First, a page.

Early Decision Vs. Early Action

What’s the difference? And when should you consider applying early to a favored school?

About 2/3 of universities offer some sort of early admission process. For some students, it’s worth looking into…

For one, you’ll find out quickly if you’ve been accepted. Find out soon enough, and you might not have to deal with applying to numerous schools later.

Also, many colleges accept a higher percentage of early candidates. Colleges recognize  these students are motivated to attend – it’s a clear declaration that your early admission school is your top choice. Early applicants also tend to be very strong students – they usually have good reason to believe they can get in.

But it’s not for everyone.

Some schools require that you agree to attend, if you’re accepted (and the financial package is a fit). If you aren’t 100% positive about your choice of school, you shouldn’t apply early – certainly not for early decision.

This might be a good time to clarify some of the rules that colleges use for the early admission process. Each school is different – and you should investigate any program before applying – but there are two broad categories that early applications fall under.

Early Decision

For early decision schools, you aren’t allowed to apply to any other programs early. If admitted, you’re required to attend. Although you’re allowed to apply regular decision to other schools – often the results of your early decision won’t be known before regular application deadlines – if you’re accepted, you have to withdraw all other applications.

Of course, there are benefits. Your spring semester will be stress-free… you’ll have plenty of time to get to know your new school… and you may even be given first dibs for some introductory programs.

On the other hand, though, your negotiating ability for financial aid basically disappears. No matter what the school provides in aid, you’re still required to attend.

Some schools these days take the lion’s share of their incoming class from early decision candidates as well – so, if you have a clear number one school, early decision may give you a leg up on other candidates. But if you aren’t completely positive about your school, then early decision is most likely not for you.

Early Action

With early application schools, you’re allowed to apply early elsewhere – and acceptance is non-binding.

You’d receive many of the benefits of early decision, but with the added flexibility of exploring other options as you see fit. Many students don’t seriously pursue other colleges after getting into an early action school – but you’re free to.

These days, there are a growing number of single-entry early action programs as well. These are non-binding, just as with other early action schools – but you aren’t allowed to apply early elsewhere.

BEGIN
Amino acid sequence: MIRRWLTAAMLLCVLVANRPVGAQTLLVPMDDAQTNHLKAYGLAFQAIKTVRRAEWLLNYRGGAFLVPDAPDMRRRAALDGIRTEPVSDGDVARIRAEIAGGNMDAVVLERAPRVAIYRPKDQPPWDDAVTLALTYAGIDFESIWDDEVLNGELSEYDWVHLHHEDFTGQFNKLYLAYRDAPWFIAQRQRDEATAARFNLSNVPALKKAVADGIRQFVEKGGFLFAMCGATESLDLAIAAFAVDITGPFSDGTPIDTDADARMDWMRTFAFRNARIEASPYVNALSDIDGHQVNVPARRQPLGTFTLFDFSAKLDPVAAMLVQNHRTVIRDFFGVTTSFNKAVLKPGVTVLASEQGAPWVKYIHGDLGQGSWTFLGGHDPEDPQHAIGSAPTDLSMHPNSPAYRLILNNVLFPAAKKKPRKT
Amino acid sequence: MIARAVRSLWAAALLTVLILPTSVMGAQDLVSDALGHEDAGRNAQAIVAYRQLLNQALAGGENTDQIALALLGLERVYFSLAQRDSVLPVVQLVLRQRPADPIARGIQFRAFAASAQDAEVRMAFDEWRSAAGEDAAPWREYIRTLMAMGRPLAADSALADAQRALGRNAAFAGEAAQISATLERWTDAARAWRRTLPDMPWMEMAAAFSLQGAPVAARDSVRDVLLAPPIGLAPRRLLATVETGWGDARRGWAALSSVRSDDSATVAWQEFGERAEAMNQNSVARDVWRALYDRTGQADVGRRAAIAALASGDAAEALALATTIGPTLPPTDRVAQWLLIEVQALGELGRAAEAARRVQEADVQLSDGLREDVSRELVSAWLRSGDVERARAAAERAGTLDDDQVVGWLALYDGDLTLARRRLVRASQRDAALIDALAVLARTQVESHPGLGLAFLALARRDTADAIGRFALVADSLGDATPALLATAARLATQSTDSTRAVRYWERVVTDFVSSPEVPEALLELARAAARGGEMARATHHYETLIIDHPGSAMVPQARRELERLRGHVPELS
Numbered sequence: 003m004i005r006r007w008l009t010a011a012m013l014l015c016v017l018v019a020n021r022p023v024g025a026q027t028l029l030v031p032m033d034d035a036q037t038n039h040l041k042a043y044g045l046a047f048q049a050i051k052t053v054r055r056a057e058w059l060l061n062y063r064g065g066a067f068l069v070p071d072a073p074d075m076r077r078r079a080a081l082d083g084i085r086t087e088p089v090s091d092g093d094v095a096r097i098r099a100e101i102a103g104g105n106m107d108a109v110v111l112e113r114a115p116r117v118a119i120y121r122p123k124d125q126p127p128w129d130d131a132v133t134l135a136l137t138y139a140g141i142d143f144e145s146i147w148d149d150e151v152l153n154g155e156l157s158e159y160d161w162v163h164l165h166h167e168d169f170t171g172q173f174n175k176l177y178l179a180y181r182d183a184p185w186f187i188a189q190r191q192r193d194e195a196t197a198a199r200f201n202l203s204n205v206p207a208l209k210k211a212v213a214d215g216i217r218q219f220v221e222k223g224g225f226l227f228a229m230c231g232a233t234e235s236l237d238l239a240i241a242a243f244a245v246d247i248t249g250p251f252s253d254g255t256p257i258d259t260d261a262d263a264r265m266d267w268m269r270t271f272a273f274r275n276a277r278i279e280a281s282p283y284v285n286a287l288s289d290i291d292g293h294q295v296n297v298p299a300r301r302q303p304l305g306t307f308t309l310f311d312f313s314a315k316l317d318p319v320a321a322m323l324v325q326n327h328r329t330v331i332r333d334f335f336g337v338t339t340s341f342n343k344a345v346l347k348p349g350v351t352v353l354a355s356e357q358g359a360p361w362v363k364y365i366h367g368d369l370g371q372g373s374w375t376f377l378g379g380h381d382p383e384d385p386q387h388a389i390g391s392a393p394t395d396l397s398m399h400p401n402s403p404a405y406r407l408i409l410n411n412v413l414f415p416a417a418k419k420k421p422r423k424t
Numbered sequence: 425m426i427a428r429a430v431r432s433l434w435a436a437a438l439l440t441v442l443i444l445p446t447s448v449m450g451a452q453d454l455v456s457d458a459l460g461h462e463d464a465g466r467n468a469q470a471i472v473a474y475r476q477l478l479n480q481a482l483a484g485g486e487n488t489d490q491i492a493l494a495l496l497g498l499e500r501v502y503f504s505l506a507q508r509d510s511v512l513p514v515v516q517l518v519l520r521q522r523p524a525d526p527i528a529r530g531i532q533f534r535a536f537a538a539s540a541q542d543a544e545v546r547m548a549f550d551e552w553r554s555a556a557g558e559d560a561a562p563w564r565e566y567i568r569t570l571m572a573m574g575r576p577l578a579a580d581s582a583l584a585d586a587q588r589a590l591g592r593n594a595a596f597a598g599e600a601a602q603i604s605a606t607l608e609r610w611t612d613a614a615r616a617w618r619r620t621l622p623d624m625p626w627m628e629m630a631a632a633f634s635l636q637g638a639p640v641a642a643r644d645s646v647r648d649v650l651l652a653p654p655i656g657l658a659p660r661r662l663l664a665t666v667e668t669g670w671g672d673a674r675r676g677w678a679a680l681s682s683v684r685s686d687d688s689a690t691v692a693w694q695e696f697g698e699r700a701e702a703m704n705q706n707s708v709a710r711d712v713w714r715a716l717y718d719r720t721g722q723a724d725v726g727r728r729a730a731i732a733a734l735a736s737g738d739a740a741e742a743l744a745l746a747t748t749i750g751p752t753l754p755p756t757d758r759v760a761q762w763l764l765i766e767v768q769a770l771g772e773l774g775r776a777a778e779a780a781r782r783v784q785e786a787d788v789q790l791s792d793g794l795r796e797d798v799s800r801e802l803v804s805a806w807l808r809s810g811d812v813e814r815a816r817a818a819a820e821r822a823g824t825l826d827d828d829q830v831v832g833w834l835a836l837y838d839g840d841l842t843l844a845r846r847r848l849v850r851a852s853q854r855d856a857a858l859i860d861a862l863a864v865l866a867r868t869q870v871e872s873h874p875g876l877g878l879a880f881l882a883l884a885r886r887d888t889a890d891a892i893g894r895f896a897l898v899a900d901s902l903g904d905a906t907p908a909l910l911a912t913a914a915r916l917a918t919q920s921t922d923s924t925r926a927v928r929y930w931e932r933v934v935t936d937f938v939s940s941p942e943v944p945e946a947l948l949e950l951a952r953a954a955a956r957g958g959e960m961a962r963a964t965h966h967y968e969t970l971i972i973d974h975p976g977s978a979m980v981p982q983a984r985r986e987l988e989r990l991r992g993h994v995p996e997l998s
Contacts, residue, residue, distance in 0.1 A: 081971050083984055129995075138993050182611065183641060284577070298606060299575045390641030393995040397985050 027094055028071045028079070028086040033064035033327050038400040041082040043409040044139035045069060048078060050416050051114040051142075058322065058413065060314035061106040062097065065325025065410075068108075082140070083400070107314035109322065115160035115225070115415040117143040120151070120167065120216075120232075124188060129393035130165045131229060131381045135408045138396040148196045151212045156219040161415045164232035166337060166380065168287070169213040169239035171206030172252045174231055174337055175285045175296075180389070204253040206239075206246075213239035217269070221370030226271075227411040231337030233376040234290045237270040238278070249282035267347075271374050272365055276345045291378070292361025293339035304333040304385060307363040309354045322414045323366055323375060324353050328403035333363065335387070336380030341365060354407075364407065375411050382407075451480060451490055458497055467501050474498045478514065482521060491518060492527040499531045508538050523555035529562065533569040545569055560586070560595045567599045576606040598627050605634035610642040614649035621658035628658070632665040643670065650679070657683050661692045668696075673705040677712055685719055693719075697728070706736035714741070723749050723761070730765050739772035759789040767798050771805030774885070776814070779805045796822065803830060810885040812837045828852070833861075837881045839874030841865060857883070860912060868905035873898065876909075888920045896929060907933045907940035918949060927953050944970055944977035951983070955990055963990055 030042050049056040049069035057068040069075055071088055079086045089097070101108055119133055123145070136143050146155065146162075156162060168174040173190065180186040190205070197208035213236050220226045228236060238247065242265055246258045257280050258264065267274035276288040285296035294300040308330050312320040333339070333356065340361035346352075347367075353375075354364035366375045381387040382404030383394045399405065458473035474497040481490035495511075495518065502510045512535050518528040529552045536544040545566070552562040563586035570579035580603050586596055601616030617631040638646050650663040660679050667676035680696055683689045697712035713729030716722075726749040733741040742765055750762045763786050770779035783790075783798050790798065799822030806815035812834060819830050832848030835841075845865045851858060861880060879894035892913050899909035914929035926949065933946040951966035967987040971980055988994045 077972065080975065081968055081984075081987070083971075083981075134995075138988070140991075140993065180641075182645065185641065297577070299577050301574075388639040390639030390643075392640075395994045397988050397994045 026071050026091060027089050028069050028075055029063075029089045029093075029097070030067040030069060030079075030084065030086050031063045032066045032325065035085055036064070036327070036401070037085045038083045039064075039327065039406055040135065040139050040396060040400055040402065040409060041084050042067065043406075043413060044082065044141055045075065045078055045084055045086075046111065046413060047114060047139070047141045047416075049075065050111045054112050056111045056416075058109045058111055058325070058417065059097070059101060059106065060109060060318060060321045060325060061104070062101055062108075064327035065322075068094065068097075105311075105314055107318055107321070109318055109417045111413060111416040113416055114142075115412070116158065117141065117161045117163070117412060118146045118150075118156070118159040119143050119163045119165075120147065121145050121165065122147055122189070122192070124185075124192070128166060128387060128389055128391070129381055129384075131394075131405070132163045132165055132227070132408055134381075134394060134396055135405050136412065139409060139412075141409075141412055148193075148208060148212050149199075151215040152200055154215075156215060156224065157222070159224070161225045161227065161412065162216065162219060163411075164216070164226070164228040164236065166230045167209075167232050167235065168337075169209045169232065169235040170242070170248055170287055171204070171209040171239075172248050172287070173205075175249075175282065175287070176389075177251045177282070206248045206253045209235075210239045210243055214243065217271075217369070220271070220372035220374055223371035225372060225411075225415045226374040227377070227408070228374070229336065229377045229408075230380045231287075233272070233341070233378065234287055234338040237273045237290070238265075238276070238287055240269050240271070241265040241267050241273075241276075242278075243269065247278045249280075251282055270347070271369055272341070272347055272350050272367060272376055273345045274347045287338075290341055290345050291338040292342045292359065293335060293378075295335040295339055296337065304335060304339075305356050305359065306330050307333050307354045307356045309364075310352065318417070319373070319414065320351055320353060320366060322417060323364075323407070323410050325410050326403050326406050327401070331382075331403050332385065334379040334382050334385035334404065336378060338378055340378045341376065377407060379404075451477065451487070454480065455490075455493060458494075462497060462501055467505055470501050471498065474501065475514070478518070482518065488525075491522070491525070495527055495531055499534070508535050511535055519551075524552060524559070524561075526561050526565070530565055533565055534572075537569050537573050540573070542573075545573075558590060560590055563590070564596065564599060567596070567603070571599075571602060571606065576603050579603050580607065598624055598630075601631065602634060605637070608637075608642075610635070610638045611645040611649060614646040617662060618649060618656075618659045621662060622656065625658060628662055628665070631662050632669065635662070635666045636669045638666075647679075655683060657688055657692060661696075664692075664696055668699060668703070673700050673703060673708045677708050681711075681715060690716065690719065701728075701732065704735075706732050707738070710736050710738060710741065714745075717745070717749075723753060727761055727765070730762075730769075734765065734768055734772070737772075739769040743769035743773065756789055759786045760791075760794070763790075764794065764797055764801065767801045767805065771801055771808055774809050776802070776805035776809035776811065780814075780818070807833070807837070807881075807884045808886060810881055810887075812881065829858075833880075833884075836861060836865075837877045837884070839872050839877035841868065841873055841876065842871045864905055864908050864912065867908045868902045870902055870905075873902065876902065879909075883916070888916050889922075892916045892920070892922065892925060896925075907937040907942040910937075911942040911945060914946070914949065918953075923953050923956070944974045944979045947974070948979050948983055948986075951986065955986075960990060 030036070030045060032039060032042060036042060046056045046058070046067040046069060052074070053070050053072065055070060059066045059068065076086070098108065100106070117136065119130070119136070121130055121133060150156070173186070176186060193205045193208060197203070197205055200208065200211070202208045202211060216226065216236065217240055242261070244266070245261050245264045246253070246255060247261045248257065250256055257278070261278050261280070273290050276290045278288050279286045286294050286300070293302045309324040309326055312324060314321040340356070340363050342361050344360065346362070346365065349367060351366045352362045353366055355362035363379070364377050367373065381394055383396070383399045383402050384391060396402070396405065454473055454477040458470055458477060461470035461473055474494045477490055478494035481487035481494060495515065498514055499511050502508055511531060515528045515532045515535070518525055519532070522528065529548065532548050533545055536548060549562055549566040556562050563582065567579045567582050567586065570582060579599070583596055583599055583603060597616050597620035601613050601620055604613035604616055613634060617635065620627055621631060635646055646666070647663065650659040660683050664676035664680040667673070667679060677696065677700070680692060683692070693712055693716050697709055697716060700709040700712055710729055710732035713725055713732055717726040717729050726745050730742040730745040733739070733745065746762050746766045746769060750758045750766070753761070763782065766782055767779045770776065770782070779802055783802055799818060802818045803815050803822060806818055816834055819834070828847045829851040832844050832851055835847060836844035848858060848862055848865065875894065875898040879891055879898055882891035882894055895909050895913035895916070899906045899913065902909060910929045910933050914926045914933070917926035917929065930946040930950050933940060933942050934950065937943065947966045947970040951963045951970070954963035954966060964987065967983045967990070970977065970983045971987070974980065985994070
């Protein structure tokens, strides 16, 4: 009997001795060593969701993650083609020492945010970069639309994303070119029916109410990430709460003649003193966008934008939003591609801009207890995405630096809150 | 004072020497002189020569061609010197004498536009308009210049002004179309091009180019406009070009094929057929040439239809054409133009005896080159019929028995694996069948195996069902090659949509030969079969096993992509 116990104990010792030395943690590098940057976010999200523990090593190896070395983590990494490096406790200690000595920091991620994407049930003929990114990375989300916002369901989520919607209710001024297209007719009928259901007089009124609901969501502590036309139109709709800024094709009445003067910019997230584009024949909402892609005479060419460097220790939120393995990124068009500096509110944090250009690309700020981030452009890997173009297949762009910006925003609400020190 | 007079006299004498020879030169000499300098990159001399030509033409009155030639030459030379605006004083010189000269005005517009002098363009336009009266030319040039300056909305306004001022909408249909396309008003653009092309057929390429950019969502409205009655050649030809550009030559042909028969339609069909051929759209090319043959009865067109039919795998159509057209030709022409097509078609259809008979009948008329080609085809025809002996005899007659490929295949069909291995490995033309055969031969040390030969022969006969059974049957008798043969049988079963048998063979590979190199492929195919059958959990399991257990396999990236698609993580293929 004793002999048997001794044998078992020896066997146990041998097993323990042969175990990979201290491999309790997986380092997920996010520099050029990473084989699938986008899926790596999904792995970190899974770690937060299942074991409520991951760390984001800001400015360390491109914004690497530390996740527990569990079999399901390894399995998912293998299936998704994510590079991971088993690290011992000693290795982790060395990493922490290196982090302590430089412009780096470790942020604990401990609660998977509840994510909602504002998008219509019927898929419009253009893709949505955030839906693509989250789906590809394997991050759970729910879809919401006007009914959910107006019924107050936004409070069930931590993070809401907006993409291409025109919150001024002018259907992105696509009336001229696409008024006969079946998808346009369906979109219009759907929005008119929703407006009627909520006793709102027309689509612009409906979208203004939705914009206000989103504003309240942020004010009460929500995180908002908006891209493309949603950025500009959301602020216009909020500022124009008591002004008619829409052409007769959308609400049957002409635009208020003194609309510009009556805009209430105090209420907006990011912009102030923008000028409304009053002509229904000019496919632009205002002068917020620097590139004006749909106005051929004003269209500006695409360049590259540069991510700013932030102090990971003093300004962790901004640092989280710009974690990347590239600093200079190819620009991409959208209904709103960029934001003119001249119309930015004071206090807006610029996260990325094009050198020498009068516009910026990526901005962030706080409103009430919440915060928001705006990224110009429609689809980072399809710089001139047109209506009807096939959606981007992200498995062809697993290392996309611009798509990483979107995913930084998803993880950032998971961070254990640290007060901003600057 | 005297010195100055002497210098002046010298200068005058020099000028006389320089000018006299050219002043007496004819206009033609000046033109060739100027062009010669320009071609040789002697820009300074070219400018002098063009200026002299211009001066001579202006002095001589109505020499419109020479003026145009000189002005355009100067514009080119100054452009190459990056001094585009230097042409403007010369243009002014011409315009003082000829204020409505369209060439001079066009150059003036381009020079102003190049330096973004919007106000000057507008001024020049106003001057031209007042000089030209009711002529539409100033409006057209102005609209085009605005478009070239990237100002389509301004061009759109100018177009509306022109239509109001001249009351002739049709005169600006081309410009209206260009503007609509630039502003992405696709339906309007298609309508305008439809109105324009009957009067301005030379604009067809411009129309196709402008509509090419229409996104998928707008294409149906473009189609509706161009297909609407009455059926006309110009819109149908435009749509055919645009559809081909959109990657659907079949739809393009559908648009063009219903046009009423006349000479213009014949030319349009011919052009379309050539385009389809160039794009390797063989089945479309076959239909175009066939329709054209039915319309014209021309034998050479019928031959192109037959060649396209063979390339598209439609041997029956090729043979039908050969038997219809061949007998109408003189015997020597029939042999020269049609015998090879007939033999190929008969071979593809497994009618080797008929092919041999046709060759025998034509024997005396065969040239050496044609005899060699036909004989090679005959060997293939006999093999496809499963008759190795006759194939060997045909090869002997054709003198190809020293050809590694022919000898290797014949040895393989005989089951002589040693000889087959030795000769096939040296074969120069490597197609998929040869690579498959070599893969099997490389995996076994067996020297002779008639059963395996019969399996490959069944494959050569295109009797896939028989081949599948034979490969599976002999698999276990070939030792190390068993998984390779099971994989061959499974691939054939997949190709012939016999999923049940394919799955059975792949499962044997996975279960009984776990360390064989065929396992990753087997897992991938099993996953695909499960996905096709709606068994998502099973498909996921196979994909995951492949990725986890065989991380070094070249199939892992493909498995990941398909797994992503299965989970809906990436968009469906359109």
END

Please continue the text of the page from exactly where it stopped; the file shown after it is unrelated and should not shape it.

For students that know where they want to go, there’s every reason to apply early, and no drawbacks. Even the workload is better – your applications are more spaced out.

If you like a school but aren’t 100% sold, it still makes sense to apply early… if it’s an early action school. But if it’s early decision, make sure you understand all the pros and cons before committing yourself.

To your successful college search,

Scott Weingold
Publisher, CollegeMadeSimple.com

Related Articles:

Is Early Admission a Good Idea?

When Should Seniors Apply for College?

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Editor's Note: Scott Weingold has been ranked the #1 “College Financial Aid Expert Worth Knowing About” in the entire country by CollegeStats.org.  He has co-authored the book, “The Real Secret To Paying For College. The Insider’s Guide To Sending Your Child To College – Without Spending Your Life’s Savings.” Scott also publishes a popular free online newsletter, “College Funding Made Simple" which reveals insider’s tips, methods, and strategies for beating the high cost of college.

Scott is the co-founder and a principal of the widely renown College Planning Network, LLC – the nation’s largest and most reputable college admissions and financial aid planning firm. CPN is a proud member of the Better Business Bureau, the National Association of College Funding Advisors, the National Association for College Admission Counseling, the National Association of Student Financial Aid Administrators and the Student Affairs Administrators in Higher Education.

Scott, along with his college funding advisory team, helps thousands of families throughout the country with their college planning needs and offers a series of free educational webinars and workshops on “How To Pay For College Without Going Broke In The Process!” He's been featured or mentioned in The Philadelphia Inquirer, Yahoo News, TheStreet.com, Voice America with Ron Adams, Crains Cleveland Business, and on Cleveland Connection with James McIntyre.  Scott has published numerous articles and is a professional speaker who has addressed thousands of audiences online and offline throughout the United States.  His actionable insights and candid, open approach have earned him & his team numerous media interviews, citations, and speaking opportunities, and his free online video workshop is one of the Internet’s most widely viewed pieces in the college funding space.